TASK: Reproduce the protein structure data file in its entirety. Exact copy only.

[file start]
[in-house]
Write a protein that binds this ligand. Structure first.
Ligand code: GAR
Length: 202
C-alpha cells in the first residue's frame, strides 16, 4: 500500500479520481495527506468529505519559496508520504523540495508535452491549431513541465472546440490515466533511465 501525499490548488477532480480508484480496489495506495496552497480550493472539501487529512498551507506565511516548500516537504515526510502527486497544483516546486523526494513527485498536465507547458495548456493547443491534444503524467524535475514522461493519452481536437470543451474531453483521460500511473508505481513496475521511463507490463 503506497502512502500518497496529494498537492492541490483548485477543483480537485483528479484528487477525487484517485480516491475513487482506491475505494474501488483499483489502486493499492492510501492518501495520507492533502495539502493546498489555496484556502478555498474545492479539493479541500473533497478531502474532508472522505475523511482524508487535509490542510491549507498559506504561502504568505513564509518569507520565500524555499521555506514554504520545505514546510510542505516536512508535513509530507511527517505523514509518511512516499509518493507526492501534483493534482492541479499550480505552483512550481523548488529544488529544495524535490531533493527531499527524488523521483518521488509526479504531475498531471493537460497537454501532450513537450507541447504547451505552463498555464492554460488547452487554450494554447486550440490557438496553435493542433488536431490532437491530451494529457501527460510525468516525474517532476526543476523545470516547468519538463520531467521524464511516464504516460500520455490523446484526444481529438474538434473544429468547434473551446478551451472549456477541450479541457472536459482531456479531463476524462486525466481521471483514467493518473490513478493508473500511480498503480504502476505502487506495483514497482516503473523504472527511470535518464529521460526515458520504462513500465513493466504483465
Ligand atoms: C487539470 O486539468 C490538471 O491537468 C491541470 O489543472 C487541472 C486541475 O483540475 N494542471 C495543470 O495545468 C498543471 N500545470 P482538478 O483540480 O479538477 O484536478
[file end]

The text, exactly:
[in-house]
Write a protein that binds this ligand. Structure first.
Ligand code: GAR
Length: 202
C-alpha cells in the first residue's frame, strides 16, 4: 500500500479520481495527506468529505519559496508520504523540495508535452491549431513541465472546440490515466533511465 501525499490548488477532480480508484480496489495506495496552497480550493472539501487529512498551507506565511516548500516537504515526510502527486497544483516546486523526494513527485498536465507547458495548456493547443491534444503524467524535475514522461493519452481536437470543451474531453483521460500511473508505481513496475521511463507490463 503506497502512502500518497496529494498537492492541490483548485477543483480537485483528479484528487477525487484517485480516491475513487482506491475505494474501488483499483489502486493499492492510501492518501495520507492533502495539502493546498489555496484556502478555498474545492479539493479541500473533497478531502474532508472522505475523511482524508487535509490542510491549507498559506504561502504568505513564509518569507520565500524555499521555506514554504520545505514546510510542505516536512508535513509530507511527517505523514509518511512516499509518493507526492501534483493534482492541479499550480505552483512550481523548488529544488529544495524535490531533493527531499527524488523521483518521488509526479504531475498531471493537460497537454501532450513537450507541447504547451505552463498555464492554460488547452487554450494554447486550440490557438496553435493542433488536431490532437491530451494529457501527460510525468516525474517532476526543476523545470516547468519538463520531467521524464511516464504516460500520455490523446484526444481529438474538434473544429468547434473551446478551451472549456477541450479541457472536459482531456479531463476524462486525466481521471483514467493518473490513478493508473500511480498503480504502476505502487506495483514497482516503473523504472527511470535518464529521460526515458520504462513500465513493466504483465
Ligand atoms: C487539470 O486539468 C490538471 O491537468 C491541470 O489543472 C487541472 C486541475 O483540475 N494542471 C495543470 O495545468 C498543471 N500545470 P482538478 O483540480 O479538477 O484536478